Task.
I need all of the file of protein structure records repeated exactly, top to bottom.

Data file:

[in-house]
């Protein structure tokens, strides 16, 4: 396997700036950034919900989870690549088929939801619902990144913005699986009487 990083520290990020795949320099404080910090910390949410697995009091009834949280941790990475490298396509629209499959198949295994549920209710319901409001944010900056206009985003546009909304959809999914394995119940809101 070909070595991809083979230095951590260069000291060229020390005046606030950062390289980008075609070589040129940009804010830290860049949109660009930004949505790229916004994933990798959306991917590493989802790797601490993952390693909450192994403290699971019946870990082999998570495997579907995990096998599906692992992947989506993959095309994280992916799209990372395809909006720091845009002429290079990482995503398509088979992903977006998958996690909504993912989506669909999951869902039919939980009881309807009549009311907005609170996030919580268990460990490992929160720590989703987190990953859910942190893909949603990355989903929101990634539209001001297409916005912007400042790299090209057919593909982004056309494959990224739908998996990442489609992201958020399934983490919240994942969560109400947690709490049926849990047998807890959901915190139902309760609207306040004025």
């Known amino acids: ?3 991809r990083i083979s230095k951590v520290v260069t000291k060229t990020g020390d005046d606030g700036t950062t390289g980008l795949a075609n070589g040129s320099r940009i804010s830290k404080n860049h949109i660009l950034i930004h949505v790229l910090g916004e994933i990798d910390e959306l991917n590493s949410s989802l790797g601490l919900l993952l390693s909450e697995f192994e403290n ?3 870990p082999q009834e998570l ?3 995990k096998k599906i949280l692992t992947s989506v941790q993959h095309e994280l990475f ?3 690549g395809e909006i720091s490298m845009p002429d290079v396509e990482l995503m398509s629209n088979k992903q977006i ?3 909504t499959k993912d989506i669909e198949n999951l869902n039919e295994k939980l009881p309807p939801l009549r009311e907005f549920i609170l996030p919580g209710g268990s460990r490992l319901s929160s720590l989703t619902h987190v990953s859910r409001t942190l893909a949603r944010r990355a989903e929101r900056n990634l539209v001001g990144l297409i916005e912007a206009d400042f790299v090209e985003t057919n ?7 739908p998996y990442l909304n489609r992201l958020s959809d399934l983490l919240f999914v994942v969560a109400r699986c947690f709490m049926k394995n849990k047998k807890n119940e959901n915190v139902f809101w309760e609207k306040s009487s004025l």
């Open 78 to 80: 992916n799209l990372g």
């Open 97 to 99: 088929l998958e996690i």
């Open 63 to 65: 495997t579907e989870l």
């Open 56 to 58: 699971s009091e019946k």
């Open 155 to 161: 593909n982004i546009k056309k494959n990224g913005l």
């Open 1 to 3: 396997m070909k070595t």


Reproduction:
[in-house]
């Protein structure tokens, strides 16, 4: 396997700036950034919900989870690549088929939801619902990144913005699986009487 990083520290990020795949320099404080910090910390949410697995009091009834949280941790990475490298396509629209499959198949295994549920209710319901409001944010900056206009985003546009909304959809999914394995119940809101 070909070595991809083979230095951590260069000291060229020390005046606030950062390289980008075609070589040129940009804010830290860049949109660009930004949505790229916004994933990798959306991917590493989802790797601490993952390693909450192994403290699971019946870990082999998570495997579907995990096998599906692992992947989506993959095309994280992916799209990372395809909006720091845009002429290079990482995503398509088979992903977006998958996690909504993912989506669909999951869902039919939980009881309807009549009311907005609170996030919580268990460990490992929160720590989703987190990953859910942190893909949603990355989903929101990634539209001001297409916005912007400042790299090209057919593909982004056309494959990224739908998996990442489609992201958020399934983490919240994942969560109400947690709490049926849990047998807890959901915190139902309760609207306040004025």
């Known amino acids: ?3 991809r990083i083979s230095k951590v520290v260069t000291k060229t990020g020390d005046d606030g700036t950062t390289g980008l795949a075609n070589g040129s320099r940009i804010s830290k404080n860049h949109i660009l950034i930004h949505v790229l910090g916004e994933i990798d910390e959306l991917n590493s949410s989802l790797g601490l919900l993952l390693s909450e697995f192994e403290n ?3 870990p082999q009834e998570l ?3 995990k096998k599906i949280l692992t992947s989506v941790q993959h095309e994280l990475f ?3 690549g395809e909006i720091s490298m845009p002429d290079v396509e990482l995503m398509s629209n088979k992903q977006i ?3 909504t499959k993912d989506i669909e198949n999951l869902n039919e295994k939980l009881p309807p939801l009549r009311e907005f549920i609170l996030p919580g209710g268990s460990r490992l319901s929160s720590l989703t619902h987190v990953s859910r409001t942190l893909a949603r944010r990355a989903e929101r900056n990634l539209v001001g990144l297409i916005e912007a206009d400042f790299v090209e985003t057919n ?7 739908p998996y990442l909304n489609r992201l958020s959809d399934l983490l919240f999914v994942v969560a109400r699986c947690f709490m049926k394995n849990k047998k807890n119940e959901n915190v139902f809101w309760e609207k306040s009487s004025l």
């Open 78 to 80: 992916n799209l990372g």
């Open 97 to 99: 088929l998958e996690i």
């Open 63 to 65: 495997t579907e989870l």
């Open 56 to 58: 699971s009091e019946k």
């Open 155 to 161: 593909n982004i546009k056309k494959n990224g913005l």
């Open 1 to 3: 396997m070909k070595t």